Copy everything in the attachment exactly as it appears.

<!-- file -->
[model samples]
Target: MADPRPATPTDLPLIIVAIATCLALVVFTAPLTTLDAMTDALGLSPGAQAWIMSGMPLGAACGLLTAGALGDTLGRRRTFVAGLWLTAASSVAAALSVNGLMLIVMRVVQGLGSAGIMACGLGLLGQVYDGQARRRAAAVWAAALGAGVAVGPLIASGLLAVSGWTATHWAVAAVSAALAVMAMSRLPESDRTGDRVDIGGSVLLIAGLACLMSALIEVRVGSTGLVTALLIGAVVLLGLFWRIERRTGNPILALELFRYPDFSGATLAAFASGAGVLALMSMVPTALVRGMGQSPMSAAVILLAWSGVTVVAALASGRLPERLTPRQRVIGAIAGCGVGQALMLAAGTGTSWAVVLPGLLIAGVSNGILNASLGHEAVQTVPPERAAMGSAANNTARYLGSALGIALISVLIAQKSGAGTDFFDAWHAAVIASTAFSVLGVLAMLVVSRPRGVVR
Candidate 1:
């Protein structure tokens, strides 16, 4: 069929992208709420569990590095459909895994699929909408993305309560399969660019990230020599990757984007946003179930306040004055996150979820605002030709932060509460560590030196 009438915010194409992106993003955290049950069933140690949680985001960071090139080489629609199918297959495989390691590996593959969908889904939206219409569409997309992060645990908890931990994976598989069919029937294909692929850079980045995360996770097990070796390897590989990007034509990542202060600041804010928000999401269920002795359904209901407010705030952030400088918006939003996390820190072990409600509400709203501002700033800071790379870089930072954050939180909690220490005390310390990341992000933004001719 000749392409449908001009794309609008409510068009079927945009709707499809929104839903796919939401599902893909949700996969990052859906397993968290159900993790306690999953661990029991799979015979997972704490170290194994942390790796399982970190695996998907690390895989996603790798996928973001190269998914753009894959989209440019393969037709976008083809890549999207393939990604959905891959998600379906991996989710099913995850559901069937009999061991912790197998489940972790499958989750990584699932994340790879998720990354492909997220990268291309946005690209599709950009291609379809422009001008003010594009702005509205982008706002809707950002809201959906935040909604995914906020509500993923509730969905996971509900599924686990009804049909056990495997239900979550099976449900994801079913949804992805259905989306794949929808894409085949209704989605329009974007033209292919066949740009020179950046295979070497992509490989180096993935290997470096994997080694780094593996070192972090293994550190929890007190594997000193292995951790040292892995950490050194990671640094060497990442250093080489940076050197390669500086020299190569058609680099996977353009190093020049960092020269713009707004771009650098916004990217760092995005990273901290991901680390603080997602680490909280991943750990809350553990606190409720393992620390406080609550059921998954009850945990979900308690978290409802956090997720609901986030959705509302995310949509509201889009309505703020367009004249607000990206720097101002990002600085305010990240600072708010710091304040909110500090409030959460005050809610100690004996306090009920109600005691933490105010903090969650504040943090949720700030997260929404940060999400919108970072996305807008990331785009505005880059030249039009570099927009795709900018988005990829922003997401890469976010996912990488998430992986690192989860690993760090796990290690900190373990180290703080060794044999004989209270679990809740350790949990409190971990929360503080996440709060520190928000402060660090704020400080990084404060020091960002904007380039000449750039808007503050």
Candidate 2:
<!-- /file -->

[model samples]
Target: MADPRPATPTDLPLIIVAIATCLALVVFTAPLTTLDAMTDALGLSPGAQAWIMSGMPLGAACGLLTAGALGDTLGRRRTFVAGLWLTAASSVAAALSVNGLMLIVMRVVQGLGSAGIMACGLGLLGQVYDGQARRRAAAVWAAALGAGVAVGPLIASGLLAVSGWTATHWAVAAVSAALAVMAMSRLPESDRTGDRVDIGGSVLLIAGLACLMSALIEVRVGSTGLVTALLIGAVVLLGLFWRIERRTGNPILALELFRYPDFSGATLAAFASGAGVLALMSMVPTALVRGMGQSPMSAAVILLAWSGVTVVAALASGRLPERLTPRQRVIGAIAGCGVGQALMLAAGTGTSWAVVLPGLLIAGVSNGILNASLGHEAVQTVPPERAAMGSAANNTARYLGSALGIALISVLIAQKSGAGTDFFDAWHAAVIASTAFSVLGVLAMLVVSRPRGVVR
Candidate 1:
């Protein structure tokens, strides 16, 4: 069929992208709420569990590095459909895994699929909408993305309560399969660019990230020599990757984007946003179930306040004055996150979820605002030709932060509460560590030196 009438915010194409992106993003955290049950069933140690949680985001960071090139080489629609199918297959495989390691590996593959969908889904939206219409569409997309992060645990908890931990994976598989069919029937294909692929850079980045995360996770097990070796390897590989990007034509990542202060600041804010928000999401269920002795359904209901407010705030952030400088918006939003996390820190072990409600509400709203501002700033800071790379870089930072954050939180909690220490005390310390990341992000933004001719 000749392409449908001009794309609008409510068009079927945009709707499809929104839903796919939401599902893909949700996969990052859906397993968290159900993790306690999953661990029991799979015979997972704490170290194994942390790796399982970190695996998907690390895989996603790798996928973001190269998914753009894959989209440019393969037709976008083809890549999207393939990604959905891959998600379906991996989710099913995850559901069937009999061991912790197998489940972790499958989750990584699932994340790879998720990354492909997220990268291309946005690209599709950009291609379809422009001008003010594009702005509205982008706002809707950002809201959906935040909604995914906020509500993923509730969905996971509900599924686990009804049909056990495997239900979550099976449900994801079913949804992805259905989306794949929808894409085949209704989605329009974007033209292919066949740009020179950046295979070497992509490989180096993935290997470096994997080694780094593996070192972090293994550190929890007190594997000193292995951790040292892995950490050194990671640094060497990442250093080489940076050197390669500086020299190569058609680099996977353009190093020049960092020269713009707004771009650098916004990217760092995005990273901290991901680390603080997602680490909280991943750990809350553990606190409720393992620390406080609550059921998954009850945990979900308690978290409802956090997720609901986030959705509302995310949509509201889009309505703020367009004249607000990206720097101002990002600085305010990240600072708010710091304040909110500090409030959460005050809610100690004996306090009920109600005691933490105010903090969650504040943090949720700030997260929404940060999400919108970072996305807008990331785009505005880059030249039009570099927009795709900018988005990829922003997401890469976010996912990488998430992986690192989860690993760090796990290690900190373990180290703080060794044999004989209270679990809740350790949990409190971990929360503080996440709060520190928000402060660090704020400080990084404060020091960002904007380039000449750039808007503050």
Candidate 2: